Last month, the State Department’s Office of the Inspector General issued a blistering report about the political leadership of the Bureau of International Organization Affairs, in particular Assistant Secretary Kevin Moley and his adviser Mari Stull. After interviewing Foreign Service officers, civil service employees and the top leaders at State, the inspector general found that “the leadership of IO failed to meet the Department’s Leadership and Management Principles,” specifically, “Assistant Secretary Moley and Ms. Stull frequently berated employees, raised their voices, and generally engaged in unprofessional behavior toward staff.” The inspector general recommended disciplinary action. The State Department, in its response, did not contest the findings of the report.

Given Secretary of State Mike Pompeo’s oft-repeated claim that he is bringing the swagger back to the State Department, and his stated aim to “create a culture and an environment where the best and brightest from all across America want to come” to the State Department, one would think that he would wish to take action against Moley (Stull left the State Department in January). After all, he fired Kiron Skinner, his director of policy planning, for a similar pattern of behavior. Nonetheless, Moley remains at his job.

Why? In response to the inspector general investigation, Moley wrote a rebuttal that contradicted what his superiors said had happened in various instances. David Hale, the undersecretary of state for political affairs, wrote to the inspector general to say that “further discipline will be considered following the OIG’s assessment of [Moley’s] response to the draft OIG report.” In its final report, the inspector general responded by saying, “OIG stands by the conclusions set forth in this report,” which is a polite way of saying that Moley is full of it.

Moley remains at his job, however, a fact that has managed to lower morale at State even further, which I did not think was possible in this administration. Nonetheless, Hale and Deputy Secretary of State John Sullivan promised a closed-door town hall meeting with State employees to discuss what happened.

Foreign Policy’s Colum Lynch and Robbie Gramer found out what went down at that meeting. The good news is that Sullivan and Hale were contrite in their acknowledgment of poor management and did not defend Moley in the slightest:

“I will be the first to admit the failure on my part to have done more to address the situation,” Sullivan told the gathering, according to an account of the meeting relayed to Foreign Policy.
Hale encouraged staffers whose careers were damaged as a result of political retaliation to come to him to seek some sort of professional remedy or, if they preferred, to pursue a formal grievance against the department.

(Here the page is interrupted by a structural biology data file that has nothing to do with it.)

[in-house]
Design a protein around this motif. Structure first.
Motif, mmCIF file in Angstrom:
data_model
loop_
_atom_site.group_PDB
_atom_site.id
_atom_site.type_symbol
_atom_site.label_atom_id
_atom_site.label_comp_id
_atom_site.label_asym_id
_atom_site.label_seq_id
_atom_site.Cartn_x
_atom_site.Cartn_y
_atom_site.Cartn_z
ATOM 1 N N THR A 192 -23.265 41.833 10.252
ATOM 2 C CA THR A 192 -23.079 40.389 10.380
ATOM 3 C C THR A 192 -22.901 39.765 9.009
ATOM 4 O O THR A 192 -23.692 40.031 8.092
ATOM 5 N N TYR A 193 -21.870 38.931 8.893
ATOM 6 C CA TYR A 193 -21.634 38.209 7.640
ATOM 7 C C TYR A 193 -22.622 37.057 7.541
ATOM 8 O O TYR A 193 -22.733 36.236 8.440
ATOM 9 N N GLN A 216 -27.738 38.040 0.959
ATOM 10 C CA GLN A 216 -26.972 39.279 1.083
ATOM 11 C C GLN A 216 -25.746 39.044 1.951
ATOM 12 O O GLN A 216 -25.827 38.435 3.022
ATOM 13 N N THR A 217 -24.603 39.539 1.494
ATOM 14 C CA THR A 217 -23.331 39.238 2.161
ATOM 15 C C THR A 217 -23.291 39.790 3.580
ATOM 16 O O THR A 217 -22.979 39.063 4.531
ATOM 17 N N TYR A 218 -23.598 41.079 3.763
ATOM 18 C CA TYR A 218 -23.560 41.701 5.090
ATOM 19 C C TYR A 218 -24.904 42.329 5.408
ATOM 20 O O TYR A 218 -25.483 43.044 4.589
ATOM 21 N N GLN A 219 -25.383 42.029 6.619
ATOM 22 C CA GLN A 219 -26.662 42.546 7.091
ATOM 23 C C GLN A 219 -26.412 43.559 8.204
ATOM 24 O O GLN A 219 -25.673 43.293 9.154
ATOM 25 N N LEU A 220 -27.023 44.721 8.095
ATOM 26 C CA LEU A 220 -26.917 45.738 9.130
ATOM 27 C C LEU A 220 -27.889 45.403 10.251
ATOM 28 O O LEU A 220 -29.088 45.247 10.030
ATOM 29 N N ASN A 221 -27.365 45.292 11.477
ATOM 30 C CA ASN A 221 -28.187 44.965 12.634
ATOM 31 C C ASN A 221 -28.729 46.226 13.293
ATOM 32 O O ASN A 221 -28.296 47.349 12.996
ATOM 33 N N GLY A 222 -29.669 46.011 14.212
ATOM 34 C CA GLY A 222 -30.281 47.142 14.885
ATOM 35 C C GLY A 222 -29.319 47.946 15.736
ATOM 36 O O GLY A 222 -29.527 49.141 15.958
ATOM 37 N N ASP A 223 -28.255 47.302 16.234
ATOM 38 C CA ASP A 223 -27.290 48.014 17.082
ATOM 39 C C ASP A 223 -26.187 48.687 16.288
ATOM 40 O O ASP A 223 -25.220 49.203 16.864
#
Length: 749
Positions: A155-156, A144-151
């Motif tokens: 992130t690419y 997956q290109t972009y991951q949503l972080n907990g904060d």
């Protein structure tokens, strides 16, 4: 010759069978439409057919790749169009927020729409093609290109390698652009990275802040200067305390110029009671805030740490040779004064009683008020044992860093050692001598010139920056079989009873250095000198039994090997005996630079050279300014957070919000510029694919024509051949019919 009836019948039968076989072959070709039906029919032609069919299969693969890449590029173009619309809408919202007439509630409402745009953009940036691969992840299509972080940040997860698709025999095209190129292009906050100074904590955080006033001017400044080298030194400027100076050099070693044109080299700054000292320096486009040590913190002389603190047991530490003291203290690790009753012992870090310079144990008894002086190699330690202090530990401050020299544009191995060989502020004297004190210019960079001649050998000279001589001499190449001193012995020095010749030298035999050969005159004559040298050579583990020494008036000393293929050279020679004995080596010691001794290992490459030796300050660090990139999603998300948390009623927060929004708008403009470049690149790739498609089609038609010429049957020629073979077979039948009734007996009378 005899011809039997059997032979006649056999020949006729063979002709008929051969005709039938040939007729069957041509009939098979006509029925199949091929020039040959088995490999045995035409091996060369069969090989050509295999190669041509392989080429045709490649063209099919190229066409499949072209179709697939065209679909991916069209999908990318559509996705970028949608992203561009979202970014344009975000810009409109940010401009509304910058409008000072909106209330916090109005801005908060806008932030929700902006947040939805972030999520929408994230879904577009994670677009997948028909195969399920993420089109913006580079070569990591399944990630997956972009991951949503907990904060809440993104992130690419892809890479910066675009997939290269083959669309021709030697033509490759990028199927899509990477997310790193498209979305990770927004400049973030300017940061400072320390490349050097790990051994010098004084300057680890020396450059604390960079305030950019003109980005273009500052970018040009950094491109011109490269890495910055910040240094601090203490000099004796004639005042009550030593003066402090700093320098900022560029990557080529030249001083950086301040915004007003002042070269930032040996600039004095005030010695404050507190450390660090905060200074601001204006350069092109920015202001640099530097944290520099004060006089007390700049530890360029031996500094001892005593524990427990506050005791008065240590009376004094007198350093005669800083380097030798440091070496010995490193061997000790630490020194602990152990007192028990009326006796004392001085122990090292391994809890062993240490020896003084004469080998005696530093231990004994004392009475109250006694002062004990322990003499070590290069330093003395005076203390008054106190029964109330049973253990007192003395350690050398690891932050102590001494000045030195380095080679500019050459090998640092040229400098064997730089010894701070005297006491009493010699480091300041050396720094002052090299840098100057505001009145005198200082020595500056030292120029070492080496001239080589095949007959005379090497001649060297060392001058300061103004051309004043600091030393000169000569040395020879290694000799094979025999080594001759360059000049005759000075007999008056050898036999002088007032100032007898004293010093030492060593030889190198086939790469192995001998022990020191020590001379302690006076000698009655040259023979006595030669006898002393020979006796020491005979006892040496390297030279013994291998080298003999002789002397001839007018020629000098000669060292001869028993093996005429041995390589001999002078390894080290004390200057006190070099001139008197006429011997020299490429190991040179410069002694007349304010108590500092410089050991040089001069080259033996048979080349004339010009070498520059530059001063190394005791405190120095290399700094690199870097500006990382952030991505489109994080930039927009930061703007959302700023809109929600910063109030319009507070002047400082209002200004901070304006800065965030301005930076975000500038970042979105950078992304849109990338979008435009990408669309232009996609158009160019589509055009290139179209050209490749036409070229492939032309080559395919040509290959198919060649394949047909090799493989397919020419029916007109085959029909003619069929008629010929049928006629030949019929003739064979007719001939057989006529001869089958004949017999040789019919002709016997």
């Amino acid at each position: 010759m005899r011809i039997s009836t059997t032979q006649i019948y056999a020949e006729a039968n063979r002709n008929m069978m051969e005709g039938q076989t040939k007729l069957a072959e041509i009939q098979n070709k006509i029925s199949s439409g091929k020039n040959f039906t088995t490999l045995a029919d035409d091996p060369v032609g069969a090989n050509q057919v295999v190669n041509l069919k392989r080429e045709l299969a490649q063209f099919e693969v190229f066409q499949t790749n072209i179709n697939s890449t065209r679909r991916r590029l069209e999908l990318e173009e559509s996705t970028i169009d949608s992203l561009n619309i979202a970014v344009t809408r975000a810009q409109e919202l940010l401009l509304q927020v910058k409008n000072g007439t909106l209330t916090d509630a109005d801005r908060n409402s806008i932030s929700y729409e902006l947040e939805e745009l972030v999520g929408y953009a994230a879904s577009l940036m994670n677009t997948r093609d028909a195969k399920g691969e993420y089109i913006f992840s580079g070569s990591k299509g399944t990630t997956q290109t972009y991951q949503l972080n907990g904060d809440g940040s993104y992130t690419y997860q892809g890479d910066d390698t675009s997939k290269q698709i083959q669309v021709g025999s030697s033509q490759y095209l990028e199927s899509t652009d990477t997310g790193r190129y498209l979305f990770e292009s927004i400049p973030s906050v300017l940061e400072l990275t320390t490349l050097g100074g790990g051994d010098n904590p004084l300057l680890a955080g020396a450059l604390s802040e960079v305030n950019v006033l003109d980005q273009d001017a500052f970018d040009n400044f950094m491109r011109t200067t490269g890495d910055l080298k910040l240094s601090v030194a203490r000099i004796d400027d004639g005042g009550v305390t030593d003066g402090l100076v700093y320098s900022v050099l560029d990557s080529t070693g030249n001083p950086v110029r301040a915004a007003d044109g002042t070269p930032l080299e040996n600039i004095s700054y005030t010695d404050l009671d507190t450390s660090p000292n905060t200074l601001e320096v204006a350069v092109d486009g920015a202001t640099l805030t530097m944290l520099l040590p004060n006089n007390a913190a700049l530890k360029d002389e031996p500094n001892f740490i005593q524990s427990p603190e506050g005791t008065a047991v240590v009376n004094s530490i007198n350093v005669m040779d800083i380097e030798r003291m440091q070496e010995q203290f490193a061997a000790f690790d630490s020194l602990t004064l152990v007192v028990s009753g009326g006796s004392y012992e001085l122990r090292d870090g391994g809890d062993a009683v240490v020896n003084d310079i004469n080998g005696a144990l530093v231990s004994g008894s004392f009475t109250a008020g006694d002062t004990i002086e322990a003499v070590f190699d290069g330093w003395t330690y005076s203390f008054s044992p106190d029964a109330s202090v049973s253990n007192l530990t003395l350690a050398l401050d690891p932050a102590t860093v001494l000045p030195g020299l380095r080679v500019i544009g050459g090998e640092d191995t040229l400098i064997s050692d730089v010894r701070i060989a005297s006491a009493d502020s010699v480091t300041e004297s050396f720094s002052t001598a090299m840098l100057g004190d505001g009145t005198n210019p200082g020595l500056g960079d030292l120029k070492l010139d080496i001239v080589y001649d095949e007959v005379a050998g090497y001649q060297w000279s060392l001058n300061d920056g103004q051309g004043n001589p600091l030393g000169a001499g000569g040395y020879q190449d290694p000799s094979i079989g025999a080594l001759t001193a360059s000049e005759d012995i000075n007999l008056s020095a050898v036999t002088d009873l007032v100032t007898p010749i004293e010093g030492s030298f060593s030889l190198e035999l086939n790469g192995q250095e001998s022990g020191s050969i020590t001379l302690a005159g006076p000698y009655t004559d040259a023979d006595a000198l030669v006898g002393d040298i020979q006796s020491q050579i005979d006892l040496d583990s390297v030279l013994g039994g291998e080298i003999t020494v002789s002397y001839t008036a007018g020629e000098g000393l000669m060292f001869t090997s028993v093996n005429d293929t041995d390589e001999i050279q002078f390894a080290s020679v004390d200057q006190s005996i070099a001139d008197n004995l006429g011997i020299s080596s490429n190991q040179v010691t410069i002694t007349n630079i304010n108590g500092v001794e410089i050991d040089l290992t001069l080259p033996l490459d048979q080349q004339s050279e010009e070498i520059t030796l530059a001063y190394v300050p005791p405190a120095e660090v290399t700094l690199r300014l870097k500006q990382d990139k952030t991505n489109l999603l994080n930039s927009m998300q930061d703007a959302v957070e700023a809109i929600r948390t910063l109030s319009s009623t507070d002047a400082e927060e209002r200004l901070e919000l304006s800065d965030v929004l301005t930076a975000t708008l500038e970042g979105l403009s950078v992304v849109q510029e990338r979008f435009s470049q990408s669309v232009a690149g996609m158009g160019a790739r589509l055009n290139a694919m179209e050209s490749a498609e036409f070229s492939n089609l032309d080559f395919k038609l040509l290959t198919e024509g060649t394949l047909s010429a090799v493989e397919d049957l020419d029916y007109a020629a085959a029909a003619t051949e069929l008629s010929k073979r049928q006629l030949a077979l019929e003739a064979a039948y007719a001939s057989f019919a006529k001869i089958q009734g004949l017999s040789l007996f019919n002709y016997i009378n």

“I’d like to help; I’d also like people to know they can come to me,” Hale said. He pledged to take their case to the undersecretary of state for management, the director general, or human resources “to make amends.”
“There’s absolutely no doubt that what was going on was completely unacceptable,” Hale said. “Misconduct is a soft word, frankly, to use for what has occurred.”

The bad news is that according to Lynch and Gramer, Sullivan also claimed that Pompeo could not just fire Moley the way he fired Skinner: “The secretary can’t fire an assistant secretary appointed by a president, so it adds a layer of complexity there. It doesn’t make it right, it doesn’t make it easier to tolerate, but know that the experience we’ve had with this situation has sensitized, I know.”

This seems like a good time to ask Pompeo and his communications team some open questions. In a traditional administration, this could be done at the daily State Department briefing. There has not been such a briefing in two weeks, however, and Pompeo is sidelining the media on his latest European trip. So why don’t I just use the Spoiler Alerts platform to ask the secretary some questions about this matter:

  1. Secretary Pompeo, your subordinates claim you cannot just fire an assistant secretary appointed by the president. Surely, however, you can ask the president to do it. You are reputed to have a close relationship with President Trump; he would be likely to listen to your advice on your own department. Have you asked President Trump to fire Kevin Moley? If not, why?
  2. Secretary Pompeo, even if Trump refuses to fire Moley, surely there are administrative steps that could be taken to sideline his supervisory role. Do you at least plan on taking such steps?
  3. Secretary Pompeo, your subordinates acknowledged Moley’s mismanagement and encouraged Foreign Service officers whose careers were harmed by Moley and Stull to seek redress. Given that Moley remains in his position, however, how much do you think Foreign Service officers will trust your team to do what is right? Wouldn’t they fear retribution from a political appointee who has not paid any price for past abuses?
  4. Secretary Pompeo, you claim that you want your diplomats to have swagger, and feel that they are joining an organization that promotes the best and the brightest. How persuasive will these claims be if you cannot remove an official who your own team acknowledges has behaved badly?
  5. Secretary Pompeo, your deputy secretary is expected to be nominated the next U.S. ambassador to Russia. What assurances can you give that this personnel matter will not fall between the cracks of Sullivan’s departure and whatever acting deputy secretary will serve for the next several months until the president nominates a permanent successor?

I do not expect answers to these questions.

In their story, Lynch and Gramer quoted a State Department attendee who said that the “general vibe after the meeting was a mix of bitter disappointment and depression.” That is probably because Trump has managed to replace the worst secretary of state in living memory with the second worst.